Even the people who make their living off the seafood-rich waters of Louisiana’s St. Bernard Parish have a hard time swallowing the government’s assurances that fish harvested in the shallow, muddy waters just offshore must be safe to eat because they don’t smell too bad.
Fresh splotches of chocolate-colored crude, probably globules broken apart by toxic chemical dispersants sprayed by BP with government approval, still wash up almost daily on protective boom and in marshes in reopened fishing grounds east of the Mississippi River.
When shrimp season opens in a couple of weeks and fisherman Rusty Graybill drags his nets across the mucky bottom, he worries that he’ll also collect traces of oil and dispersants — and that even if his catch doesn’t smell, buyers and consumers will turn up their noses.
“If I put fish in a barrel of water and poured oil and Dove detergent over that, and mixed it up, would you eat that fish?” asked Graybill, a 28-year-old commercial oyster, blue crab and shrimp angler who grew up fishing the marshes of St. Bernard. “I wouldn’t feed it to you or my family. I’m afraid someone’s going to get sick.”
Louisiana wildlife regulators on Friday reopened state-controlled waters east of the Mississippi to harvesting of shrimp and “fin fish” such as redfish, mullet and trout. Smell tests on dozens of specimens from the area revealed barely traceable amounts of toxins, the federal Food and Drug Administration said.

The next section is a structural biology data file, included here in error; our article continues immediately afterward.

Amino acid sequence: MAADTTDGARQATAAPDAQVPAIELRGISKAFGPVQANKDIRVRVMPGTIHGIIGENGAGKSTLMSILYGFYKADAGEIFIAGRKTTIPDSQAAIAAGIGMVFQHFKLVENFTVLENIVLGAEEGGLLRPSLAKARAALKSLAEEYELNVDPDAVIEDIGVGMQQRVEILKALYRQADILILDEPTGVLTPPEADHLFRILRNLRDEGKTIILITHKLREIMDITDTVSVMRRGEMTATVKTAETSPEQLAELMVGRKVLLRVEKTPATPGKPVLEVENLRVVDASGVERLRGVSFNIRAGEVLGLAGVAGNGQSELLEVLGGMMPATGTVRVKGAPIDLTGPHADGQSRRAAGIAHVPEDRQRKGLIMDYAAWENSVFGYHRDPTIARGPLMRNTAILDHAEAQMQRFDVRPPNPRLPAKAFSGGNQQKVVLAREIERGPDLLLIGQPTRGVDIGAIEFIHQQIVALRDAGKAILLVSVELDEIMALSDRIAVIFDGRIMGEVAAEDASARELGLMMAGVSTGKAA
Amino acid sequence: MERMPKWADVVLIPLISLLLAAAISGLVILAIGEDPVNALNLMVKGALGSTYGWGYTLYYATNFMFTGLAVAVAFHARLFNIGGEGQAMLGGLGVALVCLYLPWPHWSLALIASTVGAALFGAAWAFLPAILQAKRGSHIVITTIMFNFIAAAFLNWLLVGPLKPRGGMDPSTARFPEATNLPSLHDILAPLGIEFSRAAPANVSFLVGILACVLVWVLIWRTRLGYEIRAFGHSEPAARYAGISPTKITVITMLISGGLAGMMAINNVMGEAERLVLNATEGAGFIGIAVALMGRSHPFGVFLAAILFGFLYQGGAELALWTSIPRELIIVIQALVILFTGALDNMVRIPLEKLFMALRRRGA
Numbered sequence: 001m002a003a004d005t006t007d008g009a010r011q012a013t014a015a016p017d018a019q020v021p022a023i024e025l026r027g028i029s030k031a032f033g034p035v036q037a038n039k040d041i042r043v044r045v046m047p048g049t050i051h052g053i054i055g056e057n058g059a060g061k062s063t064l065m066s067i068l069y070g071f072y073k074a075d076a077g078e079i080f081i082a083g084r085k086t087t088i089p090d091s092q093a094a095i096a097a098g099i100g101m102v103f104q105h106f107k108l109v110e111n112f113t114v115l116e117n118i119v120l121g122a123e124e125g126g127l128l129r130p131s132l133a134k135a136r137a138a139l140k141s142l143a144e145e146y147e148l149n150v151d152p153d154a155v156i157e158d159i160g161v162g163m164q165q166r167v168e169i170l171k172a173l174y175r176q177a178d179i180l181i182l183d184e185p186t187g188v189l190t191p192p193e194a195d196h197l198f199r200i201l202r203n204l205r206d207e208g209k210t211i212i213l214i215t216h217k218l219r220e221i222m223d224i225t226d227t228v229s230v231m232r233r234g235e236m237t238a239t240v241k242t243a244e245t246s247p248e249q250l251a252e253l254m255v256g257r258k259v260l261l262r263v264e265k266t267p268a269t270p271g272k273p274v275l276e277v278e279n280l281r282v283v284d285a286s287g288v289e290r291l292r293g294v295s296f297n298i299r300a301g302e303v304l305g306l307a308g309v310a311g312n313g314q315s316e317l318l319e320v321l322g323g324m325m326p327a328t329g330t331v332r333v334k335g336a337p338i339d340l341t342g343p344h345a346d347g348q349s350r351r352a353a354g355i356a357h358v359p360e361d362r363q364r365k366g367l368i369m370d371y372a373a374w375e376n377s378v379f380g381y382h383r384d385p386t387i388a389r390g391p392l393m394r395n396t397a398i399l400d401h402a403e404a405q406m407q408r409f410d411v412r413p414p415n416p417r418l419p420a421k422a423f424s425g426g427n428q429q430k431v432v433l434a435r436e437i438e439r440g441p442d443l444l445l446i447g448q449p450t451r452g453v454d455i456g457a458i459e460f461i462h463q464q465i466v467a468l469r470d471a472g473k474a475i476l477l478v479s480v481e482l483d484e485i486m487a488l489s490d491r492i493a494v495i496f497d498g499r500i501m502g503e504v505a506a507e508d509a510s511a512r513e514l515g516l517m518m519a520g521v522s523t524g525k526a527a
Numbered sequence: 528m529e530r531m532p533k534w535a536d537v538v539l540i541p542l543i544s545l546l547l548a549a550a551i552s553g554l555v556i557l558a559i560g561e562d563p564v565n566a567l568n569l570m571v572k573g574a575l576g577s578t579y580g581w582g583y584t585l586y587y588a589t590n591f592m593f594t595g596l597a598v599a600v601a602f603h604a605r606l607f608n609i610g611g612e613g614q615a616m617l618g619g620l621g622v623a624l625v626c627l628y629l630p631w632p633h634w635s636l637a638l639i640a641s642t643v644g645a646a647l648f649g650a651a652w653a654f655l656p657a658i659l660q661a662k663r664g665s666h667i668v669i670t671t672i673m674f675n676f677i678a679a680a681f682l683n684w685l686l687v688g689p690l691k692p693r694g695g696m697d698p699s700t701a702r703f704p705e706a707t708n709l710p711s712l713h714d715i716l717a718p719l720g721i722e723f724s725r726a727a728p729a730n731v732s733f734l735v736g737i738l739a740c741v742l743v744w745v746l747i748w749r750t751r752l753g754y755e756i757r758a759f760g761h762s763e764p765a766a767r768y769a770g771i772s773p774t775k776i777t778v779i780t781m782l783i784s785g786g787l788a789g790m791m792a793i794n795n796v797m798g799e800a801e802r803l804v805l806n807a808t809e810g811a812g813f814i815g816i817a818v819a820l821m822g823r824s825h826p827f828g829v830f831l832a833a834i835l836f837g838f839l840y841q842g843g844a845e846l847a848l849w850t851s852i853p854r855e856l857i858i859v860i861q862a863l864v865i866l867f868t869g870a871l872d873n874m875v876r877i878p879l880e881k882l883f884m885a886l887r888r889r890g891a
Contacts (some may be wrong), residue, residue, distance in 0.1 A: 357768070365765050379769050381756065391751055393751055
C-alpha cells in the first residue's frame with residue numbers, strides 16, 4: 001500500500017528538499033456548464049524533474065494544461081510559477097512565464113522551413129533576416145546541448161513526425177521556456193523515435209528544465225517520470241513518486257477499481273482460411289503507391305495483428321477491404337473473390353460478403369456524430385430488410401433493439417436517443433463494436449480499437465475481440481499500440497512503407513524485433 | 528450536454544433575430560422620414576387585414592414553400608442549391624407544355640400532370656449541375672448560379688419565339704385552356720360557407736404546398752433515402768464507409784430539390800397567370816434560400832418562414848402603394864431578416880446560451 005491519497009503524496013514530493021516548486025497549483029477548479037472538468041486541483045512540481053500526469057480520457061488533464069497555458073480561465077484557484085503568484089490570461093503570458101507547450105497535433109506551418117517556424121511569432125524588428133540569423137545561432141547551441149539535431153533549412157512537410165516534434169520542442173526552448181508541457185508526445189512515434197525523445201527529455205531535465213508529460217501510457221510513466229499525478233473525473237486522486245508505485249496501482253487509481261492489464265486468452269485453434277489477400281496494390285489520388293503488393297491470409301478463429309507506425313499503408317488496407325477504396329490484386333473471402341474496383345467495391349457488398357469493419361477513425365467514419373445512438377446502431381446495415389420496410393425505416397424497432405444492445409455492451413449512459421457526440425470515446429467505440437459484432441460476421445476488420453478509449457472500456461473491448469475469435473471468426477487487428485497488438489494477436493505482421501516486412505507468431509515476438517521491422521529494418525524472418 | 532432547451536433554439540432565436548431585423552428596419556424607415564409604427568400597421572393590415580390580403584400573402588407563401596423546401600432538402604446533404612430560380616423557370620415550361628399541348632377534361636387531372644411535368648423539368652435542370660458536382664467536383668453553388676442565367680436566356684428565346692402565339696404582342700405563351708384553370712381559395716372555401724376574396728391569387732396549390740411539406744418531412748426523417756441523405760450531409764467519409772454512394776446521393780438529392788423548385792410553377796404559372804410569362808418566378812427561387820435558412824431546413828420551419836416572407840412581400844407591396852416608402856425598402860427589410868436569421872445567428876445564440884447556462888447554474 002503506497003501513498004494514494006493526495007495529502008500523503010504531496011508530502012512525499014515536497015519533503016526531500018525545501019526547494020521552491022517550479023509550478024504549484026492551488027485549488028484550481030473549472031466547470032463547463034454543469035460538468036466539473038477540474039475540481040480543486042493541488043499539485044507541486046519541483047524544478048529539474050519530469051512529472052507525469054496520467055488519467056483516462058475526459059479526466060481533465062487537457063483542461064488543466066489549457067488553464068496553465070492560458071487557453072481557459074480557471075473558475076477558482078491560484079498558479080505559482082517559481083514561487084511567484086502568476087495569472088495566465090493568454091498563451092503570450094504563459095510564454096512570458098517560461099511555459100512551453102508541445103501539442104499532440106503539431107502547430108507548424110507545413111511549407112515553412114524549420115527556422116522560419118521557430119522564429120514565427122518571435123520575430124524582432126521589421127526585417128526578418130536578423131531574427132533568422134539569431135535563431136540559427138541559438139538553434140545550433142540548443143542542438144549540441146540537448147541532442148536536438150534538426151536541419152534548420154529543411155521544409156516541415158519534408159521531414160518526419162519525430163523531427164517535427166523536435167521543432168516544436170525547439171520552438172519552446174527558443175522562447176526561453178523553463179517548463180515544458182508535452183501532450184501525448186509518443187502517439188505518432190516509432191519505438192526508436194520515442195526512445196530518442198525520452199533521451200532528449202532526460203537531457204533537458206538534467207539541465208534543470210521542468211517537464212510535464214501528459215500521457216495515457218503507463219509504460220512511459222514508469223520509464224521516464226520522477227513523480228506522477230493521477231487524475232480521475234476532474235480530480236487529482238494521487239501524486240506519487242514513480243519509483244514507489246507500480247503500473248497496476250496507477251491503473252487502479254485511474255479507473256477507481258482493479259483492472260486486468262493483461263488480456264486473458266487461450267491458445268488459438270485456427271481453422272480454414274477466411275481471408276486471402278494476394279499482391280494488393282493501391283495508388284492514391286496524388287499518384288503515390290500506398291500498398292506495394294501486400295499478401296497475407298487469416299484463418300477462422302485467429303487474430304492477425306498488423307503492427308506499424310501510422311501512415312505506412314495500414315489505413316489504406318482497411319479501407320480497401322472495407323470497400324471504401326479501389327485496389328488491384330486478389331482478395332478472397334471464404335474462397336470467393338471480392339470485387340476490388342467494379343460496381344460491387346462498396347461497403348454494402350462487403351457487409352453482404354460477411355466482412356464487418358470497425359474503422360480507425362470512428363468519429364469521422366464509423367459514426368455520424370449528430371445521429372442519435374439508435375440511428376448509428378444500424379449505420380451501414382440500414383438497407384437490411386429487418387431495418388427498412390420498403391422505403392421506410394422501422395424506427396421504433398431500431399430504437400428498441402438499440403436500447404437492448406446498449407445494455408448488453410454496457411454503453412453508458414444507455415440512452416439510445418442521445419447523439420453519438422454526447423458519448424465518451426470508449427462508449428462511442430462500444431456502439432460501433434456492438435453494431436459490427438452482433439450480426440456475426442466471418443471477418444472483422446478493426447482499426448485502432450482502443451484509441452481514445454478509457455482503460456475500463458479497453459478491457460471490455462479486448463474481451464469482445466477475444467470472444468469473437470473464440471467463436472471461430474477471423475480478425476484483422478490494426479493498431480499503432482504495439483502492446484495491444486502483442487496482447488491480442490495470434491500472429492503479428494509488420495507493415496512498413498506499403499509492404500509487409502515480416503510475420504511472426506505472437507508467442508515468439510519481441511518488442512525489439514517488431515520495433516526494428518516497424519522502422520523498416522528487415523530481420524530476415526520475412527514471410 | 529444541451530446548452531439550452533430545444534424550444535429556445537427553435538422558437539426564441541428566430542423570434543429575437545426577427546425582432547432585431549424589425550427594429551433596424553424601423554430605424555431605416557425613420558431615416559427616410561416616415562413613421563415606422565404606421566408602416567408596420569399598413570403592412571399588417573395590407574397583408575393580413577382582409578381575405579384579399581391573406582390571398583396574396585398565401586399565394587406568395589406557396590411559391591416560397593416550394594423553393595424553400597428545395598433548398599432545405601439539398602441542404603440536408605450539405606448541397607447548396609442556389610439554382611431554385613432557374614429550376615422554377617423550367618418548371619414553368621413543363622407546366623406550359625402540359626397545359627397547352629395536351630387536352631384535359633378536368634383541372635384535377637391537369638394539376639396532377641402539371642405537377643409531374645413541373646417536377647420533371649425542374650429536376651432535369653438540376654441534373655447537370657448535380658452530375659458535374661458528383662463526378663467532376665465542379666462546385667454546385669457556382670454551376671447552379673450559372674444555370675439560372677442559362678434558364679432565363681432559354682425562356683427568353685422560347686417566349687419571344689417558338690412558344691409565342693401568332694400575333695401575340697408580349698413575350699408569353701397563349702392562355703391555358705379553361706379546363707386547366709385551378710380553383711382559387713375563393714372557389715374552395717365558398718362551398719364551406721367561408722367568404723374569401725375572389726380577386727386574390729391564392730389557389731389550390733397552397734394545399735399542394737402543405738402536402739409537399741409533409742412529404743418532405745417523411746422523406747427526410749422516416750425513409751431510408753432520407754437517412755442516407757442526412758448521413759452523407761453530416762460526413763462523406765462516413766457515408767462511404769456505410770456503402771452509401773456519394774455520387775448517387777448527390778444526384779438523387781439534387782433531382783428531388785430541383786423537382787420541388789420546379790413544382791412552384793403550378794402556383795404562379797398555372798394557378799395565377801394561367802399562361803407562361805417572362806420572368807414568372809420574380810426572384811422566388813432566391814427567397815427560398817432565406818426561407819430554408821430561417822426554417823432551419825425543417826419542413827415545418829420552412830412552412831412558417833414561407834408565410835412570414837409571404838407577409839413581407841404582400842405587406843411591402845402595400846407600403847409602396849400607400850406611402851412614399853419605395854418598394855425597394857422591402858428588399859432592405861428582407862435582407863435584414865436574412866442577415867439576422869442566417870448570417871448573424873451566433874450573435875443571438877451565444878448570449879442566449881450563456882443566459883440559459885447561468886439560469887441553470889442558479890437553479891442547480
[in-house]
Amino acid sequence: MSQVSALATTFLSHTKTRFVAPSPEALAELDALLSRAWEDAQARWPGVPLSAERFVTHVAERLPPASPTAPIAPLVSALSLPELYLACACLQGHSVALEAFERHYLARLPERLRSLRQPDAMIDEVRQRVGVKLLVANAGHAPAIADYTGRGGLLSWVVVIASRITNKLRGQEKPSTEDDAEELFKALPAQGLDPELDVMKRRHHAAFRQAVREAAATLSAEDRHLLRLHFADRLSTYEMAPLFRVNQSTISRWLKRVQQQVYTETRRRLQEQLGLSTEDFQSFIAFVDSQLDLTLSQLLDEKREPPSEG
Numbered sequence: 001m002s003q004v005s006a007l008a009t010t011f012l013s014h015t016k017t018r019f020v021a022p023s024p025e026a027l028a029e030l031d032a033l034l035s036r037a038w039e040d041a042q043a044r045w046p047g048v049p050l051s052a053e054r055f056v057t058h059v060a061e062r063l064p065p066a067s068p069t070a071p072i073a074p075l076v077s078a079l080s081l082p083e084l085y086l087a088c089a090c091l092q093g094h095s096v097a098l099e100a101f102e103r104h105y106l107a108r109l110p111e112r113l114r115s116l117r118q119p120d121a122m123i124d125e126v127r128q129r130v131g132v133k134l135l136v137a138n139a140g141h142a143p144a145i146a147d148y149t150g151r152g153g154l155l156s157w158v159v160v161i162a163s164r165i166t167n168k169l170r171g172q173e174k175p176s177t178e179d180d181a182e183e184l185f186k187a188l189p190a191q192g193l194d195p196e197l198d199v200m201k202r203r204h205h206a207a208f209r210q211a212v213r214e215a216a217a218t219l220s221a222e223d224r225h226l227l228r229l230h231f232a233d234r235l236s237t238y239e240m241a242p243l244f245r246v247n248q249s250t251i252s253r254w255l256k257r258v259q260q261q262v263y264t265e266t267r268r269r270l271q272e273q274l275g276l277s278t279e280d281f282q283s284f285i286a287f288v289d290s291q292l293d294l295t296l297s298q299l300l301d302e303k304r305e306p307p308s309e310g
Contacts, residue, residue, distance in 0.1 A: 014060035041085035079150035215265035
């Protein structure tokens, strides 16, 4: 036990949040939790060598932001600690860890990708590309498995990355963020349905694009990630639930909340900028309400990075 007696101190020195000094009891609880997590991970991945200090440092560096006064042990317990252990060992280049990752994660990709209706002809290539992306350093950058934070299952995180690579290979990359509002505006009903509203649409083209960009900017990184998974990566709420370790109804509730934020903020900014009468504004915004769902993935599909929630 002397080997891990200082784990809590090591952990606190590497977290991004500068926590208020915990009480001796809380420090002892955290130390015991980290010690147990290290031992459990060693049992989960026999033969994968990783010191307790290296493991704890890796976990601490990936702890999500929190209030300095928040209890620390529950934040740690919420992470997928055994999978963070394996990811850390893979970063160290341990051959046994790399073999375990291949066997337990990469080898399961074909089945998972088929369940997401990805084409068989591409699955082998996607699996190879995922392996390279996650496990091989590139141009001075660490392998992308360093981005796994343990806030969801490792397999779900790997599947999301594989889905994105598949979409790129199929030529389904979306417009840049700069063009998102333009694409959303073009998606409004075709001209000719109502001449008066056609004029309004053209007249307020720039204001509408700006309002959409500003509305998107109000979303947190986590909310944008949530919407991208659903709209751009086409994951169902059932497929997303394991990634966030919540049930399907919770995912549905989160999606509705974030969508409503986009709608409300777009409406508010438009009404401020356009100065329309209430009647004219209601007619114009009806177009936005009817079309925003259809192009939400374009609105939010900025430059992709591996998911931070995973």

The tests were done not by chemical analysis, but by scientists trained to detect the smell of oil and dispersant.
I cannot imagine that anything else I read this month can possibly top this.
And here’s the reason why the FDA has decided to go with smell tests:
Chemical tests on fish for oil-related compounds are routine, but no such test exists for detecting levels of dispersant, said Meghan Scott, FDA spokeswoman. Federal scientists are developing one, she said. It wasn’t clear when one would be ready, though.
You follow the logic, right? If we don’t have a reliable chemical test for dispersants now, why wait till we do have one before declaring that fishing should resume? And once we’re cutting corners in such cavalier fashion, why bother with the chemical tests for oil-related compounds that we do actually have? If you can’t see it, and even trained scientists can’t smell it, how can it possibly do you any harm?
(If someone eats any of the seafood, and thinks they’re sick, perhaps the FDA can, as a public service, lay on scientists who can smell whatever is necessary to determine that it wasn’t the seafood?)
And, you know, there’s really no reason to worry. FDA Commissioner Dr. Margaret Hamburg (we’re working hard to confirm what kind of doctor she is, and whether she possibly has a doctorate in smelling) is on the job, and knows “we have to remain vigilant.”